The government shut-down is underway as Congress continues debating a plan for government spending covering the first few months of the 2014 fiscal year, which started today, October 1.
Regardless of what happens, it looks like transportation programs will be cut as a result of sequestration. Sequestration requires at least a 7% cut for discretionary programs to meet the FY14 budget caps. For many programs this will mean a 7% cut from the FY2012 funding levels for 2014, deeper than the 5% required for the expired 2013 fiscal year. As severe as the cuts in FY14 are, they are only the leading edge of devastating cuts to come if Congress does not agree on a long-term way to provide the transportation trust fund with more, dedicated revenues. Relying only on existing revenue from the federal gas tax would lead to massive cuts to highway and transit projects starting next fall in FY15.
In general, programs funded from the highway trust fund are not subject to the sequester. Federal-aid highway programs and core transit formula programs funded by the trust fund were not cut in this last year. In fact, funding for those programs increased slightly over their FY2012 levels to match the authorized levels in MAP-21. In addition, Amtrak will also continue to run during the shutdown. However, the sequester will hamper certain functions of the Federal Transit Administration, including doling out transit grants, which would seriously affect the progress of the Wilshire Subway and the Regional Connector, among other things.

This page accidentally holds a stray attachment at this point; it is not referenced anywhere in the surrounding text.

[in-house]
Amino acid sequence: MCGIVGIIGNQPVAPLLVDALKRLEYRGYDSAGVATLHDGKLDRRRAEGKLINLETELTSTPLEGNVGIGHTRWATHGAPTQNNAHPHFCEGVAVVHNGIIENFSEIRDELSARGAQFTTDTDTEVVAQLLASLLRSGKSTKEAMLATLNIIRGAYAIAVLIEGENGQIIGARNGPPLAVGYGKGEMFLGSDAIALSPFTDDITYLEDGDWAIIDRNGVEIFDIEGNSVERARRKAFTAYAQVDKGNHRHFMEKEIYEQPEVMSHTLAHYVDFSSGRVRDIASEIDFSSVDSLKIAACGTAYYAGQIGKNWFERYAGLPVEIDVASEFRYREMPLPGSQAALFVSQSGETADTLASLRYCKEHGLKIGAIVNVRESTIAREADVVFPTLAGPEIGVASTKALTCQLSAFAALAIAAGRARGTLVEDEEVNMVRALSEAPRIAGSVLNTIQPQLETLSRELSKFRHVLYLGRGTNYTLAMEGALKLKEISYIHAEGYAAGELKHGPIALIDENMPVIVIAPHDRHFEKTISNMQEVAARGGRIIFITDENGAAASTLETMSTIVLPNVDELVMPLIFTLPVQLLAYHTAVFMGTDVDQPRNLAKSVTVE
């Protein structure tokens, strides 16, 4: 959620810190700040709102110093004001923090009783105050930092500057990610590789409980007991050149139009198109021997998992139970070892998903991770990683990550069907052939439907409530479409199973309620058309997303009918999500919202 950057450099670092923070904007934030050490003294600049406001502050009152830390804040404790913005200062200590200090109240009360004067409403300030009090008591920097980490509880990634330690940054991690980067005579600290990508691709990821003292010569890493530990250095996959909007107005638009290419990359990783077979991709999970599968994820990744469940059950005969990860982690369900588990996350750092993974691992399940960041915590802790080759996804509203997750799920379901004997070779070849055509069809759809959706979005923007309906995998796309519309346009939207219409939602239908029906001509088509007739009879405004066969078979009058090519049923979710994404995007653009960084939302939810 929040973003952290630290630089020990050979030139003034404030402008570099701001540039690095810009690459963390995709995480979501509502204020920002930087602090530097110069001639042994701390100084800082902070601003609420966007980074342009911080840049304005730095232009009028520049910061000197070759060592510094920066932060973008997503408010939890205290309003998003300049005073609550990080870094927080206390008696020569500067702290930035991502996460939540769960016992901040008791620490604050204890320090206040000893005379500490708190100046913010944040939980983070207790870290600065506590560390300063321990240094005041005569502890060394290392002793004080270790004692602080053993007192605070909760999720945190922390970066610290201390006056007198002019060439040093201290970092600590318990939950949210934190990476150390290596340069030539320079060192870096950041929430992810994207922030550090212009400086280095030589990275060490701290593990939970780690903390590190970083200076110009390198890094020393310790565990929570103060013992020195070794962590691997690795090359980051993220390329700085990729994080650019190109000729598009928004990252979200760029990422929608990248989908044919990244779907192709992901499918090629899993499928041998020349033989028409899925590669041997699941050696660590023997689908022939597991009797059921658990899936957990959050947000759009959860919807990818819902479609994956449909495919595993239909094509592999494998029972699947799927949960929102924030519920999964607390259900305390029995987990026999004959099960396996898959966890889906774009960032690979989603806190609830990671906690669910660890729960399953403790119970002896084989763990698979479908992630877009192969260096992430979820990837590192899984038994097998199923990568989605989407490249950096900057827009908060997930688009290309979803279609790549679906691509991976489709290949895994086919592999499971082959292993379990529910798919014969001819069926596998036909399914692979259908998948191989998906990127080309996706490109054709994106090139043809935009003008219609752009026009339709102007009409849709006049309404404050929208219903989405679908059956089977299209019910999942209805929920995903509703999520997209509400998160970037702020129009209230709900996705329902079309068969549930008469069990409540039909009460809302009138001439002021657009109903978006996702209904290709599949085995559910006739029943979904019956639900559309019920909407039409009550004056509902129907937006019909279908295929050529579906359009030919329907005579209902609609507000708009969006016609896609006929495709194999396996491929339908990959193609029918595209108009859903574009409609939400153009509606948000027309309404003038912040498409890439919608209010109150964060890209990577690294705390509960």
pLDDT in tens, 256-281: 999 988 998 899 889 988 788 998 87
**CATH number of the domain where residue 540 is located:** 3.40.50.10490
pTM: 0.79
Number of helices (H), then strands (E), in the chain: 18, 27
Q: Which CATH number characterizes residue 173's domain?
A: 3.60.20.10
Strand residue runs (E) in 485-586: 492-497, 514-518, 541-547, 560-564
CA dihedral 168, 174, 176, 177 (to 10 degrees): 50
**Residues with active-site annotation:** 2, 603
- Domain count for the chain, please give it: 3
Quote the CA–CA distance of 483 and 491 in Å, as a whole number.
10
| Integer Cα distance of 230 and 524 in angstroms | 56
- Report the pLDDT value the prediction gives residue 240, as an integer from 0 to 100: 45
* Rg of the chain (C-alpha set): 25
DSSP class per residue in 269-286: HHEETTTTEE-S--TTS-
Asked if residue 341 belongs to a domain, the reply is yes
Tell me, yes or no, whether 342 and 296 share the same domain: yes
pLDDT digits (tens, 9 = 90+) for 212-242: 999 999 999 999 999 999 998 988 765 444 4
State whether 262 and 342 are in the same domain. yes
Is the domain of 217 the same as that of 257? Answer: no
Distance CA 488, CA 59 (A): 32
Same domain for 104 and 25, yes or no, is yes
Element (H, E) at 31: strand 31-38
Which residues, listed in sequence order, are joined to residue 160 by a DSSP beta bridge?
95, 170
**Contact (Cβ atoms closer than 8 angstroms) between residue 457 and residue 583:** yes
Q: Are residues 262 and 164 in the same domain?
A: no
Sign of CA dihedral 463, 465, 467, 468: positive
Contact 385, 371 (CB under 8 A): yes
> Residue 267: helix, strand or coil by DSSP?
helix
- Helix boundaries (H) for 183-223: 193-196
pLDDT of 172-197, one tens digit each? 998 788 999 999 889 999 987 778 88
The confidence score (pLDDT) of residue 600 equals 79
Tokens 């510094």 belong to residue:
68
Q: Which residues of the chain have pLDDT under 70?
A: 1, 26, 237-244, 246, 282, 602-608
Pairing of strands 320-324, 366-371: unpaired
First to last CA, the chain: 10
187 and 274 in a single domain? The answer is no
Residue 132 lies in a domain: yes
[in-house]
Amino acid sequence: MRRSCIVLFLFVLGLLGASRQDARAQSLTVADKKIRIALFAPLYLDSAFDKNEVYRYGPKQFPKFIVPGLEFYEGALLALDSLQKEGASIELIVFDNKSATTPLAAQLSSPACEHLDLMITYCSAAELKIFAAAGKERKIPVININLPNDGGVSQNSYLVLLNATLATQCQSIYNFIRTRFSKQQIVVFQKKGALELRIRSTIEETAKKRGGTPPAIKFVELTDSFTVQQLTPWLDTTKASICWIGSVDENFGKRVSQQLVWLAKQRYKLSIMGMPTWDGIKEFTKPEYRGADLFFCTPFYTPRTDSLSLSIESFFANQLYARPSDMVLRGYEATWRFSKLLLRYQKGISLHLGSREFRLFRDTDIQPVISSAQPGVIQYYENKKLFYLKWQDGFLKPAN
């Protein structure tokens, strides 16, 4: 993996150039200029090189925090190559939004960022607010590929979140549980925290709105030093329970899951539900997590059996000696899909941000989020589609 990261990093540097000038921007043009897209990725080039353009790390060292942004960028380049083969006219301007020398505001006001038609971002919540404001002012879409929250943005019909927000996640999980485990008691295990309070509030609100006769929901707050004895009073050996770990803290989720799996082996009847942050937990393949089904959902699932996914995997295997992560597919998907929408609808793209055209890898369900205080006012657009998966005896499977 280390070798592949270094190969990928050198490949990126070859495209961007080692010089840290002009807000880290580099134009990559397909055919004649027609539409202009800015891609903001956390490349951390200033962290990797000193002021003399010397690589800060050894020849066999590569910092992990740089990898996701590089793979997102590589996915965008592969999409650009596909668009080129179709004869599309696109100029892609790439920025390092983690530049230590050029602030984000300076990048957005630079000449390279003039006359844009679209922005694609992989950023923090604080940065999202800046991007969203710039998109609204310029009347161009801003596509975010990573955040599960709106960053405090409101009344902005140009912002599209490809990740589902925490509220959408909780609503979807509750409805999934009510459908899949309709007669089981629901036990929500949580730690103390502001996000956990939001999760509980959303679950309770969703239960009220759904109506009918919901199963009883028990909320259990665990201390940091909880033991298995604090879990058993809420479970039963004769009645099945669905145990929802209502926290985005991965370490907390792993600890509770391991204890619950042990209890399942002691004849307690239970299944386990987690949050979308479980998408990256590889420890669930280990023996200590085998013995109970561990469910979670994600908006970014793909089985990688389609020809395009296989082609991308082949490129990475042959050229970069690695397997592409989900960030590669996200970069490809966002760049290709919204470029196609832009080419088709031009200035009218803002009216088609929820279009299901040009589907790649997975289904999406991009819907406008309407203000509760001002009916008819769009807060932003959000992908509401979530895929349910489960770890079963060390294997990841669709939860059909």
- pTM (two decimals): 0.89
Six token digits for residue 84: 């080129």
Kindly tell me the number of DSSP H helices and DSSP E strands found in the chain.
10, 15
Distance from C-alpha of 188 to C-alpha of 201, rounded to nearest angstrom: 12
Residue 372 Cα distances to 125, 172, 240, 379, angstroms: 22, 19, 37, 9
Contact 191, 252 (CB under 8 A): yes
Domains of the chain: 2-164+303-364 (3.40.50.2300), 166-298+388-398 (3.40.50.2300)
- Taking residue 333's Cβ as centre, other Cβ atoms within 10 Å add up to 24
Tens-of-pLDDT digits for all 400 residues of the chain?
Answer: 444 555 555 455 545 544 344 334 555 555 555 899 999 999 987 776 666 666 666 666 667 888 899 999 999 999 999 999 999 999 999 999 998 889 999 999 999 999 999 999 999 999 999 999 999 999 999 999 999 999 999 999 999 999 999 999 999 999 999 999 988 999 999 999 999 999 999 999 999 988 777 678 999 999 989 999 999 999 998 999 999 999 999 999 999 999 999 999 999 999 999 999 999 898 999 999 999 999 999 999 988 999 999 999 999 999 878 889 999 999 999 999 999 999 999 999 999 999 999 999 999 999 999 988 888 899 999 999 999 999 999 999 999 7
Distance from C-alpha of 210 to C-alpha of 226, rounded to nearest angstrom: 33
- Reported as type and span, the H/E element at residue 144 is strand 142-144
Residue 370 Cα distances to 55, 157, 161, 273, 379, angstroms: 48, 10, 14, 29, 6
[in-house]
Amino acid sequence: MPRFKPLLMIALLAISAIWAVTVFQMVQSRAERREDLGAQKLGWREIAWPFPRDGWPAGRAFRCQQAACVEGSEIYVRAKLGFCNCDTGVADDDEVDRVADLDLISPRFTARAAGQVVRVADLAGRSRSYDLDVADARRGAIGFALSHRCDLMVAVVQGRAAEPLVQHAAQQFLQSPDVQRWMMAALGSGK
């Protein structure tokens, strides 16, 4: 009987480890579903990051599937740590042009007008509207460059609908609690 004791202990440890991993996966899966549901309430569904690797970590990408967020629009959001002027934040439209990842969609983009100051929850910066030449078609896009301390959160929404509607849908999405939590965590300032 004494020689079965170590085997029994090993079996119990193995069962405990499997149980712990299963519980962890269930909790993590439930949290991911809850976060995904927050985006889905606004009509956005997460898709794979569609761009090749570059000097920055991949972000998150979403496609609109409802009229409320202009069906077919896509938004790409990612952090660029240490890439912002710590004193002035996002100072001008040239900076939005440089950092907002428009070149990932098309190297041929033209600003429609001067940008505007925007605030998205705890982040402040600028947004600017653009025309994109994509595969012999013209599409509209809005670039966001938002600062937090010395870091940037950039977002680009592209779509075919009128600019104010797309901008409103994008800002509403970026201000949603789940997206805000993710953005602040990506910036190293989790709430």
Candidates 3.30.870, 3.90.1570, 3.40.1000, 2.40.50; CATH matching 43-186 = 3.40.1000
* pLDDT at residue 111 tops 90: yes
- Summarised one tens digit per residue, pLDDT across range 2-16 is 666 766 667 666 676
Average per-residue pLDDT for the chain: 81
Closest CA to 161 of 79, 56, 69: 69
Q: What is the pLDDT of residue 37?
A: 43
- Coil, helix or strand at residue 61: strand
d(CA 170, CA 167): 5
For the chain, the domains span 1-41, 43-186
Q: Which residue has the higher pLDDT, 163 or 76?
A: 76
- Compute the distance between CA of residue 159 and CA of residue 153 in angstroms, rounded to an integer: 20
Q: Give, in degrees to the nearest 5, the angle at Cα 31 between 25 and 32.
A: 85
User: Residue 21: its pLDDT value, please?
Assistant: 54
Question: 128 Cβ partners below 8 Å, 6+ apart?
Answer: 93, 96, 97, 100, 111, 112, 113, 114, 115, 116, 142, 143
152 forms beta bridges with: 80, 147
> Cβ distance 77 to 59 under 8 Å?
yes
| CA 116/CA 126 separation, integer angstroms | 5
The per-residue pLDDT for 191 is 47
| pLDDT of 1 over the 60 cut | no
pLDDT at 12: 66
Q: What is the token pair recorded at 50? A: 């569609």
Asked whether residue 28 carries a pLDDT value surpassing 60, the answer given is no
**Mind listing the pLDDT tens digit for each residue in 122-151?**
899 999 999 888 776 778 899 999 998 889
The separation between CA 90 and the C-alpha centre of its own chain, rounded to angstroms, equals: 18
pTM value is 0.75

However, in FY 2014, because fuel tax revenues won’t be sufficient for the funding levels authorized by MAP-21 for those programs, MAP-21 also called for a transfer of $12.6 billion from the general fund into the Highway Trust Fund. That $12.6 billion is subject to the sequester, and will face cuts of over $900 million. Unlike other programs, though, this cut does not directly lead to cuts in funding for highway and transit projects. What it will do is speed up the timeline for the Highway Trust Fund going broke, creating the potential for greater cuts or the need for similarly large transfers of general funds — a difficult proposition. In fact, some are concerned that, due to sequestration, the Trust Fund may not remain solvent through even this next fiscal year as originally expected when MAP-21 was enacted.